courtesy of veer.com
Last week I attended a fantastic round-table panel of talented local authors. It was facilitated by indie book editor, writer, and publishing consultant Robin Quinn. The round-table had a menagerie of writers from southern California, all with impressive histories and accomplishments.
I bet you didn't know that you could write an Internet book, self publish and make money. Well the author who stood out most from my perspective was the one who did just that. In researching "how to" write an e-book she found that THAT process brought her deliberate as well as passive income that she never would have imagined. To recap some of her presentation:
"There are approximately 77 million baby boomer's shopping on the Internet; and billions worldwide who search for books on line because it's private, immediate and convenient. Edited books are polished and direct and e-books are wordier, more conversational rhetorically of course. Edited books have a market and so does e-books. The most popular books sold are romance novels however the most lucrative genre is instructional or "how to" books. Edited books are unchangeable vs. e-books that can be edited continually at any time. Always perfecting the process.
I think that is pretty outstanding. How many times have you read something that you wish could be further edited but can't due to final edit, a run of copy, distribution, and sale? How many times have you said something you wish you could take back? Well writing an e-book will give you that opportunity. Similar to updating a "published" blog post. You can always alter it for the consumer to make it better, without having to write a retraction or a second volume.
With so many book store franchises closing [as what is happening to Borders Books, more and more are now liquidation stores] e-readers are the future, similar to the fate of music stores. Downloading is what will exclusively happen in our lifetime, it's both great and sad. Maybe I'm strange but I enjoy going to a library and walking into a book store, staying for hours searching through titles and looking at text on bound paper. I like opening and smelling the pages. I even like seeing my favorite books in my home on my shelves, referencing them and recommending them to others. After several harsh lessons I don't lend or rent books from my personal library anymore. People have no respect for private property.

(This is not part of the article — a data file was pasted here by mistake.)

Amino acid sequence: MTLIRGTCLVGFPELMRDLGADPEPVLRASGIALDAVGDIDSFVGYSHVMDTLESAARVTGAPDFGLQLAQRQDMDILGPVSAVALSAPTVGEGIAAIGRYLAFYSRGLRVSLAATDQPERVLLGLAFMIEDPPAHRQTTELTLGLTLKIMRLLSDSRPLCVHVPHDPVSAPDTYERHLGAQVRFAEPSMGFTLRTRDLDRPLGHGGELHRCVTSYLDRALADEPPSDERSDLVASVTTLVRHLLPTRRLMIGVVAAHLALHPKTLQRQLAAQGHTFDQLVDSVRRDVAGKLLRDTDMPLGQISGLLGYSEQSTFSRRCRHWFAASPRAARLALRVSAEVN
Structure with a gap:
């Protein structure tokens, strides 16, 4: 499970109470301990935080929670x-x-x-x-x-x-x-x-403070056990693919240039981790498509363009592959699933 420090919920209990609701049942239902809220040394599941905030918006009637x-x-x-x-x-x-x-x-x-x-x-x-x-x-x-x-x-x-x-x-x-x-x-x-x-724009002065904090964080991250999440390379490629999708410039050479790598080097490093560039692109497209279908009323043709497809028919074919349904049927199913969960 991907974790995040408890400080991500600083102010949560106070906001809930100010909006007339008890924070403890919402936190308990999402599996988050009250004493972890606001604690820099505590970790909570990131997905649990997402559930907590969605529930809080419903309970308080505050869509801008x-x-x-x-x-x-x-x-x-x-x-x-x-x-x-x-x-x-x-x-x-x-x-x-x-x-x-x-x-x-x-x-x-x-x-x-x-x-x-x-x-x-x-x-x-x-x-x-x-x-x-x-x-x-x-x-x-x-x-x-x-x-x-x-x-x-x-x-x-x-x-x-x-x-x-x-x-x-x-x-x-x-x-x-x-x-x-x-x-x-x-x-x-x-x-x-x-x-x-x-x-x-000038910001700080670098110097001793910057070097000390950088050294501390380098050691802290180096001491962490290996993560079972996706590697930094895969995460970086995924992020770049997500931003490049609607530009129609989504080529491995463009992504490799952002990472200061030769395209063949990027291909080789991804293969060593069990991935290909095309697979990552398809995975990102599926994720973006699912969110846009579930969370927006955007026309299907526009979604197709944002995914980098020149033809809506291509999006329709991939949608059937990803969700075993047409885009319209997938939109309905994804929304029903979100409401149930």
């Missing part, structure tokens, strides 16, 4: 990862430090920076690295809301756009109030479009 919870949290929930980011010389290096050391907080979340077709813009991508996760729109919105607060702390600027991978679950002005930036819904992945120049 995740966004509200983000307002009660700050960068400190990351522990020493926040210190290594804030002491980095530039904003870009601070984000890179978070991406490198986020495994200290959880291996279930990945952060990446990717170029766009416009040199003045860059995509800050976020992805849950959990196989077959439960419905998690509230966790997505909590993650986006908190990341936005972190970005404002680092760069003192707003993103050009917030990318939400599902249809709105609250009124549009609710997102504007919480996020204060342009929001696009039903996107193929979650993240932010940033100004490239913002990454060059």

Now due to my recent disability I will most likely invest in some type of e-reader because it's getting harder to hold books open with only one hand while reading. I'll not only move forward downloading new books on to my soon-to-be-purchased e-reader, but will repurchase my entire private library. Granted this will be a timely and costly process but I am willing to make the lifestyle shift. Especially since I'm considering becoming an author.
Why not, after all, [trust me] I've been through more than most people who I know, I have learned many lessons [and I'm still learning], and I have teachable moments [paying it forward] which is why I'm partaking in the Toastmasters public speaking organization and am blogging semi regularly again. 800,000 titles are available on many e-readers now, that's a host of knowledge at your fingertips why shouldn't my e-book be one of them?
Now which one do I choose? The I-Pad [which holds many e-reader apps], The Kindle, The Nook and many others. We are living the information age people, it's time to get with the program. On a hysterical side note, I have an I-pod that I've never used. It's pretty and is still in the original box. I still have CD towers in my house filled with my favorite music. And I have CD cases in my car. John Grisham, Cormack McCarthy, Elizabeth Gilbert and Anne Lamott are in no danger of me (wink, wink).